On July 31, 2019, the US Federal Reserve slashed its interest rates by 0.25%, for the first time in 10 years. Its key benchmark interest rate now lies in the range of 2-2.25%. Weak global growth and the disruptive consequences of the US-China trade war were cited as the key reasons for this decision by the Fed Chairman, Jerome Powell.
By all indications, this might not be the last time that the US Central Bank lowers interest rates. At the recently held Fed annual conference in Jackson Hole, Wyoming, Chairman Powell hinted at a further rate cut in September 2019, expressing concerns regarding continued global economic turmoil. Analysts predict that the Fed will likely cut interest rates by 0.25 basis points, at each of its next 5 meetings until April 2020, setting the benchmark rate range to 0.75-1.00% by then.
Investors are in panic mode, since the US President tweeted his desire to see the interest rates on the negative scale on September 11, 2019. Will the US Federal Reserve follow a protocol similar to the European Central Bank and Bank of Japan? If yes, what could be the repercussions?
It is important to look into the factors that have led to this rate cut decision, despite a strong labour market. Experts say that while the US economic indicators are stable, a slowdown in growth is quite evident. For the first time in 12 years, the US 30-year yield curve inverted in May 2019. Recession risks have multiplied amidst the ongoing trade war with China, and there has been an overall slowdown in the economies of Europe, Asia and Latin America.
The US inflation rate rose only 1.5% in the year leading up to May 2019, which is lower than the Fed’s target inflation rate of 2%. For policy makers, a weak inflation rate could be a signal of miscalculation on their part. We know that the Fed drastically raised interest rates 4 times in 2018.
Declining consumer spending levels could also be a factor. Spending rose just 0.3% in June 2019, the lowest in months. However, consumer spending increased to the highest levels just the following month, in July 2019. Another area of concern has been the suffering manufacturing sector. Experts are noticing patterns of slowdown similar to those that led to massive rate cuts in 1995 and 1998.
Considering that the next Fed meeting is just around the corner, let us see the implications of both lower and higher interest rate decisions in the near future.
When the Fed raises interest rates, investors looking for returns tend to sell off assets denominated in foreign currencies and invest in Dollar-denominated assets. As the spread between US interest rates and interest rates of other countries continues to increase, more investors will flock towards USD-based assets. This means that the demand for the US Dollar will rise, driving up the currency’s value.
This rise in exchange rate through 2018 has continued to harm US exporters, leading to a widening trade deficit. Moreover, the rising cost of the US Dollar for international businesses has had a negative impact on the global economy. Several developing countries are already facing weaker growth, which has led the IMF to lower its global GDP growth predictions for 2019.
A weaker USD could reduce credit risks for international firms, making Dollar-based funding cheaper for them. It could also allow companies in developing economies to expand their supply chains, and grow. Commodity exporters will get favourable terms of trade, all leading to increased global growth.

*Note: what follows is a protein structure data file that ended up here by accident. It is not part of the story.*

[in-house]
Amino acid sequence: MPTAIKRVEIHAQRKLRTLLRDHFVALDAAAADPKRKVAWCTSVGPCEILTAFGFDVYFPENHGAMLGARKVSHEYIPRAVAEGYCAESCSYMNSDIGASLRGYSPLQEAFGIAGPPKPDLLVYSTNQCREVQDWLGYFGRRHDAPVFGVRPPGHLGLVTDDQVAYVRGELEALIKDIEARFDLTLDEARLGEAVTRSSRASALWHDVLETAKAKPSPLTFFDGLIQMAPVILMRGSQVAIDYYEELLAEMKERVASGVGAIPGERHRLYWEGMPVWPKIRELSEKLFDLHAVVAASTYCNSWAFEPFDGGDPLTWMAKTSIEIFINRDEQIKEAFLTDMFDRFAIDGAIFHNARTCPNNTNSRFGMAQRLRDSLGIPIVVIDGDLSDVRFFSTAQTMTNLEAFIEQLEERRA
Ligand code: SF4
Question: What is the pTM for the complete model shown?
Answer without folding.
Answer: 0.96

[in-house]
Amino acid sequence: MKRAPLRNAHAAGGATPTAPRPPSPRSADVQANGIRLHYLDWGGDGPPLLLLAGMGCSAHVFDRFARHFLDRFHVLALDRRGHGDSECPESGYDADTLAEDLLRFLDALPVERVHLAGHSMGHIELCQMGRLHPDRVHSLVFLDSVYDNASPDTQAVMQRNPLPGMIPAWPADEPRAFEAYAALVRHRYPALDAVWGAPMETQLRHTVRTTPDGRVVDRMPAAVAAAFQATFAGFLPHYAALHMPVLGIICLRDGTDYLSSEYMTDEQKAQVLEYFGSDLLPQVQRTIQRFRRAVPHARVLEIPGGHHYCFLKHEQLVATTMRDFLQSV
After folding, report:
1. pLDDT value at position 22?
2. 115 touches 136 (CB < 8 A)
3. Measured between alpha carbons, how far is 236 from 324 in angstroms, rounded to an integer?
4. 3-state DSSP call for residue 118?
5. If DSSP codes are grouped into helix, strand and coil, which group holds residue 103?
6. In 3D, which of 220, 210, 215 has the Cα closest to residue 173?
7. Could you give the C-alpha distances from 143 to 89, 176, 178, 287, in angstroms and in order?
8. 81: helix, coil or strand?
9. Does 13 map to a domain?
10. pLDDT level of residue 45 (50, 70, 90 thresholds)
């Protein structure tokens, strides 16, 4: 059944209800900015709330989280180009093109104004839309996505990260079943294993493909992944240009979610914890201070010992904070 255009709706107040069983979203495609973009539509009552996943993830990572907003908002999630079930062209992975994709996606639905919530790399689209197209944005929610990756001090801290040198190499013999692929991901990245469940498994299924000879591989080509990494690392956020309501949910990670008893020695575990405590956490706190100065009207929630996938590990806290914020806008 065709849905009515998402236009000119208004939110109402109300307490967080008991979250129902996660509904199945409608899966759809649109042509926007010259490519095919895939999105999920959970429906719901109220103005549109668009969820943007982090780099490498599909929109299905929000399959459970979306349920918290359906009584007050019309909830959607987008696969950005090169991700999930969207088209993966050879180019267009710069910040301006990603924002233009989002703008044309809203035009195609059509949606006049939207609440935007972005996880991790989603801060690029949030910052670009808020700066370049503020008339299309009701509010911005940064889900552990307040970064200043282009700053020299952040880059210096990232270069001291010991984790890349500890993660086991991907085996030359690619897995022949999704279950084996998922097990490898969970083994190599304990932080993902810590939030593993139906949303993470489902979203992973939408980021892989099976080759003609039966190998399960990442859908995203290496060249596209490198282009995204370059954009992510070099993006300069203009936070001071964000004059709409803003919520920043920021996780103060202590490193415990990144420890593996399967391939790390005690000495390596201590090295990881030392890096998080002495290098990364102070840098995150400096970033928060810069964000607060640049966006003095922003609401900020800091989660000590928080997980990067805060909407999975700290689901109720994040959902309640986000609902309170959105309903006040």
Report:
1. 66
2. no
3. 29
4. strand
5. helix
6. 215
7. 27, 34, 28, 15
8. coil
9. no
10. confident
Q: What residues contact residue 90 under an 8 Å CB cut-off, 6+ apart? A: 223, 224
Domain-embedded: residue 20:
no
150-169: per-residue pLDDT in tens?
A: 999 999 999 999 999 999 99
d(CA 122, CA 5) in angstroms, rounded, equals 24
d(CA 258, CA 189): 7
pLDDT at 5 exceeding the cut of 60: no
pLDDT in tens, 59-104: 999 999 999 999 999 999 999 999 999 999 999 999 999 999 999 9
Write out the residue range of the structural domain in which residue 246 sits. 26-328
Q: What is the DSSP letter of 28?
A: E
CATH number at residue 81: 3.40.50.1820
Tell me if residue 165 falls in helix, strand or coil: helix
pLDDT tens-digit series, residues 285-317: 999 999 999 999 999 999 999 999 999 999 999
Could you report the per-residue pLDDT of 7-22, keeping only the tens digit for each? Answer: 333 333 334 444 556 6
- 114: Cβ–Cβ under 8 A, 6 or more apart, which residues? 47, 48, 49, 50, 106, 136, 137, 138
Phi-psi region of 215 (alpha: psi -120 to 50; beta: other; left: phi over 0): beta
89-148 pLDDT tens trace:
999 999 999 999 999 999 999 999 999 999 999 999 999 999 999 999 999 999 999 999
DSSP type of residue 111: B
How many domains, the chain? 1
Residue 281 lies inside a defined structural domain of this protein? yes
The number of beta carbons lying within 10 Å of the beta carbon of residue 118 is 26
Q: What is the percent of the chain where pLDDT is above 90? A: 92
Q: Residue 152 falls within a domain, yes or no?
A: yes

For US-based companies, however, a further lowering of interest rates could be damaging. If interest rates actually go down to sub-zero levels, like the President wants them to, banks will lose their high deposit base. Subsequent liquidity traps will occur, when money starts moving away from the mainstream economy and instead towards investments in assets like stock markets, which doesn’t generate employment. Layoffs and wage declines will follow. Too much money into the system will create inflation.
This is why many experts are against the lowering of interest rates so drastically.
Detractors believe that by going on a rate cut journey, the US Fed is losing a vital tool to fight probable future recession. When Lehmann Brothers collapsed, the Fed refused to reduce the interest rates, citing inflationary risks. Weeks later, it started paying interest on the bank’s excess reserves, and then reduced the federal funds rate. Several rounds of quantitative easing were not as stimulating for the US economy as expected. So even as unemployment levels continued to grow, the inflation rate stayed well below the 2% level, and it wasn’t until 2015 that the Central Bank started raising interest rates.
It seems like the Federal Reserve is on a path to make the same mistakes again. There are also concerns about political pressures, which will prevent it from making asset purchases at the right time.
The low interest rates are also taking a toll on bond investors, who aren’t able to find safe bonds with good yields, and hence are switching to riskier assets. This has led to an increase in the price-earnings ratio of US stocks to a range of 20-25. US-based investors could start investing in sovereign bonds of stable countries, inducing currency risk.
With stable employment figures and a robust equities market, many experts are against further rate cuts. Such drastic moves will affect the global economy. If the US slips into recession and is unable to manoeuvre its rates to counter it, a ripple effect will run across all developed and emerging economies.
Overall, these are uncertain times, and investors can only hope that the US Federal Reserve doesn’t succumb to political pressures, without careful evaluation. There is plenty of economic research that indicates better performance for the global economy, when central banks are allowed to act independently.
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